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7 Great Mysteries About Rare Books and Bibliophiles

17 August 2019

From Crime Reads:

There’s something about a rare or beautiful book that can ignite the darker human passions. Bibliophilia—a love for books as physical objects—might seem a gentle and even noble affliction, but history abounds with tales of obsessive bibliophilic greed, betrayal, theft, blackmail, fraud, assault, and murder. Can mystery fiction be far behind? (Lured by the puns, if nothing else? A Cracking of Spines? Dewey Decimated? The surface has barely been scratched.)

This sampling of well- and lesser-known mysteries about bibliophiles only begins to suggest the range of biblio-crime and biblio-cunning that awaits their readers.

. . . .

John Dunning, Booked to Die (Scribner, 1992)

Denver cop Cliff Janeway moonlights as a savvy collector who knows his way around old bookstores. When a hapless book scout is murdered, Janeway’s rough handling of the suspect earns him a brutality charge, and he quits the force rather than face suspension. Opening his own small shop, he continues to search for the scout’s killer, following a path that leads to more deaths and the mysterious surfacing of rare books the victims once owned. Dunning followed Booked to Die with five more Janeway novels spanning 14 years, making the series a standout for combining high-octane plots and—thanks to Dunning’s own experiences in the trade—a virtual primer in the headaches and pleasures of the rare book business.

. . . .

Joanne Dobson, The Maltese Manuscript (Poisoned Pen, 2003)

With their mix of bookish egos and academic infighting, college English departments are fertile territory for bibliomysteries. In this fifth entry in Dobson’s smart and provocative series, English professor Karen Pelletier is preparing for her college’s conference on “the murder mystery from a feminist perspective.” A leading mystery novelist arrives on campus just as several of the college library’s rare book treasures go missing, including its prize manuscript of Dashiell Hammett’s The Maltese Falcon, and a suspect is found dead in the library stacks. Far more knowledgeable in such matters than the police, Karen and the visiting writer investigate on their own. The Maltese Manuscript deftly explores the biblio-minutiae that fascinate and vex collectors, in this case pertaining to elusive editions of mystery and detective fiction.

. . . .

Charlie Lovett, The Bookman’s Tale (Viking, 2013)

Peter Byerly is a recently widowed young antiquarian book dealer slowly regaining his pleasure in the hunt for important rare volumes. When he seeks to authenticate what appears to be his “holy grail” find—an Elizabethan volume whose marginalia proves Shakespeare wrote the plays credited to him—he steps straight into danger. Interwoven with Peter’s discoveries are chapters narrating the book’s provenance, tracing its precarious passage through the hands of various owners over the centuries, from its rakish author to avaricious collectors and murderous forgers.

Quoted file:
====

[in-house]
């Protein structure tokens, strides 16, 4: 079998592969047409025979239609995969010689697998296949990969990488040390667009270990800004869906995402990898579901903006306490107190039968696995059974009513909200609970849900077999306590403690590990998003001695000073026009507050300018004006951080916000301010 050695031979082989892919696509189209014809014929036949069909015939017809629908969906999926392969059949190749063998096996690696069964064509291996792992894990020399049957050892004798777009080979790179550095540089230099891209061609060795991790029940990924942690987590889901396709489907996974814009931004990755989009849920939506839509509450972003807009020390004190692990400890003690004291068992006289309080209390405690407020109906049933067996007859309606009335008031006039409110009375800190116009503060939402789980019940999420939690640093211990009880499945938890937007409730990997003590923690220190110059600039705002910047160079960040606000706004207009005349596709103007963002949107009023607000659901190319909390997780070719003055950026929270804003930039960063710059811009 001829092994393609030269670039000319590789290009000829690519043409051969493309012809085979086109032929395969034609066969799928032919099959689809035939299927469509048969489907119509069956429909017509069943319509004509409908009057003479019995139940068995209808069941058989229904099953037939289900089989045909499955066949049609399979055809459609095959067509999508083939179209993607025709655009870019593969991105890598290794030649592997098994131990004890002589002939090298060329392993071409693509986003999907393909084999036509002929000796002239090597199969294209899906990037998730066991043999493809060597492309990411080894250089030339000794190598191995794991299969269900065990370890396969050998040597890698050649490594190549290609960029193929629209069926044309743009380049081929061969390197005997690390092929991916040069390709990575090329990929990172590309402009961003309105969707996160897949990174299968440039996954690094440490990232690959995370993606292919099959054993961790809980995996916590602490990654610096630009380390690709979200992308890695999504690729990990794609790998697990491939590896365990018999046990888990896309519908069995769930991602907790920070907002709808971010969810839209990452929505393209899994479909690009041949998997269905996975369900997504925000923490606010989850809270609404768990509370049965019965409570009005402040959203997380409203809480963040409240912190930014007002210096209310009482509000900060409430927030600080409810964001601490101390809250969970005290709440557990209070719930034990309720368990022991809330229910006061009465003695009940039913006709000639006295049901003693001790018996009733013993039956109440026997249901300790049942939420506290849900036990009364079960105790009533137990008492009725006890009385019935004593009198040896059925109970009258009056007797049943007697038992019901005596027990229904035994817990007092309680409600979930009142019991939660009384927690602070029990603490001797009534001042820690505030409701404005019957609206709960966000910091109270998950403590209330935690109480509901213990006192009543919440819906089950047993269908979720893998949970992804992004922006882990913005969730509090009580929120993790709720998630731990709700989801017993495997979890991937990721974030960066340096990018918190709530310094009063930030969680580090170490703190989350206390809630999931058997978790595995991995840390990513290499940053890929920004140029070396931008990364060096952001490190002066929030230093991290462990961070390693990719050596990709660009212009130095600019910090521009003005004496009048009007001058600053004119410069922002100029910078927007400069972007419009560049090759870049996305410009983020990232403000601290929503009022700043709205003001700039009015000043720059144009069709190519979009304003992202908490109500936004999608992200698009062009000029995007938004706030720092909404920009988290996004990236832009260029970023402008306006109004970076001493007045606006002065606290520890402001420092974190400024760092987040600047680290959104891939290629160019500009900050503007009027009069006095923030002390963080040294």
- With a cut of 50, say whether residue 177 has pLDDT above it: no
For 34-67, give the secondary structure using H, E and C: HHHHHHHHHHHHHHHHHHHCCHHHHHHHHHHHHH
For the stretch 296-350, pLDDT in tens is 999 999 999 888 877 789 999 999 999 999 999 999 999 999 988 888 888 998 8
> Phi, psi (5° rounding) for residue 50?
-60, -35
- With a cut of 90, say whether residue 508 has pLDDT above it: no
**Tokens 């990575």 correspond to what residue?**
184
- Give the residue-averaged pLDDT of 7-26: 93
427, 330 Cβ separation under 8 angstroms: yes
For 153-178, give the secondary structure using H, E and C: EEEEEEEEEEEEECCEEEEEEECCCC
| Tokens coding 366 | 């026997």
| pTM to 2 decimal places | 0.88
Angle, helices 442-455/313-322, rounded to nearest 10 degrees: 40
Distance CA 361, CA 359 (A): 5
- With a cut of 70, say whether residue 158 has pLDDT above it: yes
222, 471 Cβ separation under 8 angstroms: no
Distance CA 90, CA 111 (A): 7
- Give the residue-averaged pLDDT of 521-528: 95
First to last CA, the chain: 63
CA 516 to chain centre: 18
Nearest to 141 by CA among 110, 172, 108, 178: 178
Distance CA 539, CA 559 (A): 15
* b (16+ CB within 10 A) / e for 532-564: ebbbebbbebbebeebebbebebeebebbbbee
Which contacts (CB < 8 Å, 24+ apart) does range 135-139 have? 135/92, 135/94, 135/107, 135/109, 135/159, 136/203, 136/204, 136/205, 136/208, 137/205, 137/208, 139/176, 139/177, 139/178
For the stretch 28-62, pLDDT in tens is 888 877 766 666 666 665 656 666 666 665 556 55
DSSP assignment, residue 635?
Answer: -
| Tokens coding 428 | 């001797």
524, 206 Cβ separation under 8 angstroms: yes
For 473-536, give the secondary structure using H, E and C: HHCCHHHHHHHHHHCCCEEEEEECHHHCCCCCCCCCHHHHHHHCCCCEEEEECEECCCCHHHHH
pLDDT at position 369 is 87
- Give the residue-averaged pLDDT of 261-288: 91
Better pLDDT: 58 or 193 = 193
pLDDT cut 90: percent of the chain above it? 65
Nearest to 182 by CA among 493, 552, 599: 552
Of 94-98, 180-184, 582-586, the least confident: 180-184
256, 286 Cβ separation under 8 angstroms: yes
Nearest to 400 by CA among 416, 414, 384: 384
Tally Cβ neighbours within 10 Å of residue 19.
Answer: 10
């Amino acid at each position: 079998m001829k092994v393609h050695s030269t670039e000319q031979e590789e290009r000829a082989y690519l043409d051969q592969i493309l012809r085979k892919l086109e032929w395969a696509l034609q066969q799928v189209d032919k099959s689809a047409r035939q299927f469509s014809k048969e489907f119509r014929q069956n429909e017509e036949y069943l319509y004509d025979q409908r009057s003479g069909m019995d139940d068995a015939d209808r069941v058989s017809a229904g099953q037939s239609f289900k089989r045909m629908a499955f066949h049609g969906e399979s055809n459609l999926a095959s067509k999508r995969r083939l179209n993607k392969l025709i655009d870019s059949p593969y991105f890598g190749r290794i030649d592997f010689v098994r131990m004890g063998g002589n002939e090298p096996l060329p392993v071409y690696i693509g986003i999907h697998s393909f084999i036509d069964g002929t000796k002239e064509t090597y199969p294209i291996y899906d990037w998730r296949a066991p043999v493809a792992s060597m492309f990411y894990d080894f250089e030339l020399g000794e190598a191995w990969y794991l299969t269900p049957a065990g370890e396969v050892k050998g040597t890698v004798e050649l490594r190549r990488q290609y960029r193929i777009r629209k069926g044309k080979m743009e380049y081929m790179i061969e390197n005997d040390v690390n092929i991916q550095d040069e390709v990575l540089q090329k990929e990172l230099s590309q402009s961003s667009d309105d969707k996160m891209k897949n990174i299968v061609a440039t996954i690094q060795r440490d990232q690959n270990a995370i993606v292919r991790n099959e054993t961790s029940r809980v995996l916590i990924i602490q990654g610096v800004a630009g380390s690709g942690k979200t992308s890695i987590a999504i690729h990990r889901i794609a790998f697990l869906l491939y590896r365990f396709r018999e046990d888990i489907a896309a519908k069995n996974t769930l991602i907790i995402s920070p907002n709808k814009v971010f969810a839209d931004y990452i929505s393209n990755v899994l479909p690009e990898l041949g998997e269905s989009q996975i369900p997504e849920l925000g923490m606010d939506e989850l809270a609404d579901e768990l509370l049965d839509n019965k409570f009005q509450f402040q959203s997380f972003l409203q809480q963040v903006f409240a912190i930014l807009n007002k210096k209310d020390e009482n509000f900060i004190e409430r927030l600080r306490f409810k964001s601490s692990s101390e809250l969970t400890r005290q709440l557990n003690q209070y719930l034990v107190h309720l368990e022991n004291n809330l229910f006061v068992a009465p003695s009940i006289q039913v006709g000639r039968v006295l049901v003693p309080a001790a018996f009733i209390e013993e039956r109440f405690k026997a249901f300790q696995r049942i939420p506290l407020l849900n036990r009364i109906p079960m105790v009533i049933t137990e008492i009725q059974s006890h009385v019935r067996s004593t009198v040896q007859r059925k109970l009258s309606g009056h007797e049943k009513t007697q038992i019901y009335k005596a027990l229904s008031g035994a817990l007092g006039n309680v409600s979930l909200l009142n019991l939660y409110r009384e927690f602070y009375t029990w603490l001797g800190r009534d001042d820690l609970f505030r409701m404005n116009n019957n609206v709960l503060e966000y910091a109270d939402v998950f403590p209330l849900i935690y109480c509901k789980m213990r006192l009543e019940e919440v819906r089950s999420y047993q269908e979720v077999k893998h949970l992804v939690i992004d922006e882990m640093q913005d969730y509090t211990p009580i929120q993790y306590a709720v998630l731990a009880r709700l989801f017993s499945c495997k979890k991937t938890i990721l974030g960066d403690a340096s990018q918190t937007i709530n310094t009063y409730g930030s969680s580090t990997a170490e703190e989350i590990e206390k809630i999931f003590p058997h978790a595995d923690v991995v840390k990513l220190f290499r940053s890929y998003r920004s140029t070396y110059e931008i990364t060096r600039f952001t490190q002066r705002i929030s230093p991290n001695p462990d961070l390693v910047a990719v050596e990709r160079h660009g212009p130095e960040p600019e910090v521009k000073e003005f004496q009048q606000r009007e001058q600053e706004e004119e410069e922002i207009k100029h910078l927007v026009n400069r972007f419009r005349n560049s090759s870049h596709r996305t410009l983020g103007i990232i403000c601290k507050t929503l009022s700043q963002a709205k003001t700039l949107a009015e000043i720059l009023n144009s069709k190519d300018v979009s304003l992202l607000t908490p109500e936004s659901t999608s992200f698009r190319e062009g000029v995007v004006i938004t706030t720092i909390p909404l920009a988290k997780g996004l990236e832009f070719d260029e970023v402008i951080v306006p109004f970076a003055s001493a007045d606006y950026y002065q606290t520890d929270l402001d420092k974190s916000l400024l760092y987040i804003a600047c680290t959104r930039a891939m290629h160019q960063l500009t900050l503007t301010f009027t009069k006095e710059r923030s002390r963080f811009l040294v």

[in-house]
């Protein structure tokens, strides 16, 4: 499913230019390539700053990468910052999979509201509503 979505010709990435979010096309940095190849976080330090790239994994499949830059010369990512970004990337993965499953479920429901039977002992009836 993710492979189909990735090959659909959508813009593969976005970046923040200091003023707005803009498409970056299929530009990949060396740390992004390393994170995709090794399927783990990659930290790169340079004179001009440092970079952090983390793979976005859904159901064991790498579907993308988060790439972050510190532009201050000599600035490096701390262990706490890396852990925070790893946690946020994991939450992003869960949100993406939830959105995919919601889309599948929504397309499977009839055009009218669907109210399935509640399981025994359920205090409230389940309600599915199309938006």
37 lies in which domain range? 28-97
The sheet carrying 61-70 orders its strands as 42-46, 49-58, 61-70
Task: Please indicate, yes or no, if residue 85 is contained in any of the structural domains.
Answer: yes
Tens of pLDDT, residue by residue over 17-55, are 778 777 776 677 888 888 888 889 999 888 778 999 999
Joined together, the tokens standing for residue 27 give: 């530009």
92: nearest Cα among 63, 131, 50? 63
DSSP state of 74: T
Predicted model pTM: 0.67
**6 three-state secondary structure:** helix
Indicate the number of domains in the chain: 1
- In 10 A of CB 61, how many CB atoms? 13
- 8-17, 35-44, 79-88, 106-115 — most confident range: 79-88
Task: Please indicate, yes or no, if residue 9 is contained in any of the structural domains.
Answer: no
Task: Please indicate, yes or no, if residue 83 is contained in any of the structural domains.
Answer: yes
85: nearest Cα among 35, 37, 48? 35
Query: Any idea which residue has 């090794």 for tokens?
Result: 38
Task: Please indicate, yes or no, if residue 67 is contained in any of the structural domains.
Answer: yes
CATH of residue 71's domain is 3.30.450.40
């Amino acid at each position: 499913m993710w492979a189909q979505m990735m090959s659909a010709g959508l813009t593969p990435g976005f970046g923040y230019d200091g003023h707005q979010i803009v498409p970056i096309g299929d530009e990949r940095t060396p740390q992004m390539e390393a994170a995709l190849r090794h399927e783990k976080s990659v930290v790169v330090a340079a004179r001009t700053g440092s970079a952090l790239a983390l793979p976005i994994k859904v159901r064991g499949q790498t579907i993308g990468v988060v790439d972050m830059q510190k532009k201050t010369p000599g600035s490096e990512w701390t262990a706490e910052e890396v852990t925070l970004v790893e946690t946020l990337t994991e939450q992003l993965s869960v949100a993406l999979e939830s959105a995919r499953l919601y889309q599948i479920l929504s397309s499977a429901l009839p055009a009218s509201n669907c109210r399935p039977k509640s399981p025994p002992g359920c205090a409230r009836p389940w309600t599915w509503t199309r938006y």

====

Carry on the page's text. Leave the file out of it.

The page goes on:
Link to the rest at Crime Reads

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3 Comments to “7 Great Mysteries About Rare Books and Bibliophiles”

  1. This was just on my local PBS station the other day.

    Secrets of the Dead: Galileo’s Moon
    https://www.pbs.org/wnet/secrets/galileos-moon-7vidcl/4438/

    Harvest the transcript for more information.

    – The main thing to pay attention too, is the forger did the forgery as a game. Yes, there was money involved, but you don’t do something that extensive unless there is passion involved.

    The same thing happened with art forgery. This is a classic from 60 Minutes:

    From the archives: “The gentle art of forgery”
    https://www.youtube.com/watch?v=e1nOweWPjFU

    Enter this search string in YouTube and you will find many fun videos about forgery.

    “60 minutes” art forgery

  2. I’m one that immediately gravitates toward the rare books section. My collection is not much because I don’t have the funds for it, but a couple in my collection are an 1875 history of the Catholic Church and a first printing of In Cold Blood. I love history and theology and imagine the first readers that bought them and used them.

  3. And let us not forget the tangental gentleman burglar, Bernie Rhodenbarr, who owns an antiquarian-of-sorts bookshop in NY. Lawrence Block is the esteemed author.

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